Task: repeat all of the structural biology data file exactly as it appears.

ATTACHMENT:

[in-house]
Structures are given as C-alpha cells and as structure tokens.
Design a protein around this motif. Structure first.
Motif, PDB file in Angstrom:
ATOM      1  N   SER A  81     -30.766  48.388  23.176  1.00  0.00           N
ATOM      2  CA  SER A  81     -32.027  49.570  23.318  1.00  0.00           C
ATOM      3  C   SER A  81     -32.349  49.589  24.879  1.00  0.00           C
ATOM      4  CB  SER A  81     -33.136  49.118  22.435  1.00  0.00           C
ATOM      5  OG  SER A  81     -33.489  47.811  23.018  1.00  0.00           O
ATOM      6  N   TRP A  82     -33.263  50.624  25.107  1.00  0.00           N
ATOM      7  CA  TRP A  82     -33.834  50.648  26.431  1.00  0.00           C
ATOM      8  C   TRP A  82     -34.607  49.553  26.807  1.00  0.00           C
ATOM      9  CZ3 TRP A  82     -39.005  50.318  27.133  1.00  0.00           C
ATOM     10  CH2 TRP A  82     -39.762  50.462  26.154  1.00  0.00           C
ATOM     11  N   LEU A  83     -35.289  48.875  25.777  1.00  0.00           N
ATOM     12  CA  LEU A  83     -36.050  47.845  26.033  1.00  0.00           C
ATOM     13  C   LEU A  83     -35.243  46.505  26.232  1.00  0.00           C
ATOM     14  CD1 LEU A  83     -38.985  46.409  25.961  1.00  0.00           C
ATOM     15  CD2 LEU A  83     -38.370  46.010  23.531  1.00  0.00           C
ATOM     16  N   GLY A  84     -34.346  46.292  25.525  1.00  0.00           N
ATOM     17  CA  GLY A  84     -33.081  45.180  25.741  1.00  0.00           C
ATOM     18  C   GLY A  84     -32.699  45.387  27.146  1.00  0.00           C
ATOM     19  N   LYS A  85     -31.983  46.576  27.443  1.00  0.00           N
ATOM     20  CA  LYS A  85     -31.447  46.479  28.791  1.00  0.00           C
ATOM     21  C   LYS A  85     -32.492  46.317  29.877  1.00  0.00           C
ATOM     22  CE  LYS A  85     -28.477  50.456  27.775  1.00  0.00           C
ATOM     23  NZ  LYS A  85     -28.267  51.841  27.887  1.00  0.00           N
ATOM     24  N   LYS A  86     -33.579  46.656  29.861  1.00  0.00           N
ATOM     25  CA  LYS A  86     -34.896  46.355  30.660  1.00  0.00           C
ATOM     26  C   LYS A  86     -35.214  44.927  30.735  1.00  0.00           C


[in-house]
Structures are given as C-alpha cells and as structure tokens.
Design a protein around this motif. Structure first.
Motif, PDB file in Angstrom:
ATOM      1  N   SER A  81     -30.766  48.388  23.176  1.00  0.00           N
ATOM      2  CA  SER A  81     -32.027  49.570  23.318  1.00  0.00           C
ATOM      3  C   SER A  81     -32.349  49.589  24.879  1.00  0.00           C
ATOM      4  CB  SER A  81     -33.136  49.118  22.435  1.00  0.00           C
ATOM      5  OG  SER A  81     -33.489  47.811  23.018  1.00  0.00           O
ATOM      6  N   TRP A  82     -33.263  50.624  25.107  1.00  0.00           N
ATOM      7  CA  TRP A  82     -33.834  50.648  26.431  1.00  0.00           C
ATOM      8  C   TRP A  82     -34.607  49.553  26.807  1.00  0.00           C
ATOM      9  CZ3 TRP A  82     -39.005  50.318  27.133  1.00  0.00           C
ATOM     10  CH2 TRP A  82     -39.762  50.462  26.154  1.00  0.00           C
ATOM     11  N   LEU A  83     -35.289  48.875  25.777  1.00  0.00           N
ATOM     12  CA  LEU A  83     -36.050  47.845  26.033  1.00  0.00           C
ATOM     13  C   LEU A  83     -35.243  46.505  26.232  1.00  0.00           C
ATOM     14  CD1 LEU A  83     -38.985  46.409  25.961  1.00  0.00           C
ATOM     15  CD2 LEU A  83     -38.370  46.010  23.531  1.00  0.00           C
ATOM     16  N   GLY A  84     -34.346  46.292  25.525  1.00  0.00           N
ATOM     17  CA  GLY A  84     -33.081  45.180  25.741  1.00  0.00           C
ATOM     18  C   GLY A  84     -32.699  45.387  27.146  1.00  0.00           C
ATOM     19  N   LYS A  85     -31.983  46.576  27.443  1.00  0.00           N
ATOM     20  CA  LYS A  85     -31.447  46.479  28.791  1.00  0.00           C
ATOM     21  C   LYS A  85     -32.492  46.317  29.877  1.00  0.00           C
ATOM     22  CE  LYS A  85     -28.477  50.456  27.775  1.00  0.00           C
ATOM     23  NZ  LYS A  85     -28.267  51.841  27.887  1.00  0.00           N
ATOM     24  N   LYS A  86     -33.579  46.656  29.861  1.00  0.00           N
ATOM     25  CA  LYS A  86     -34.896  46.355  30.660  1.00  0.00           C
ATOM     26  C   LYS A  86     -35.214  44.927  30.735  1.00  0.00           C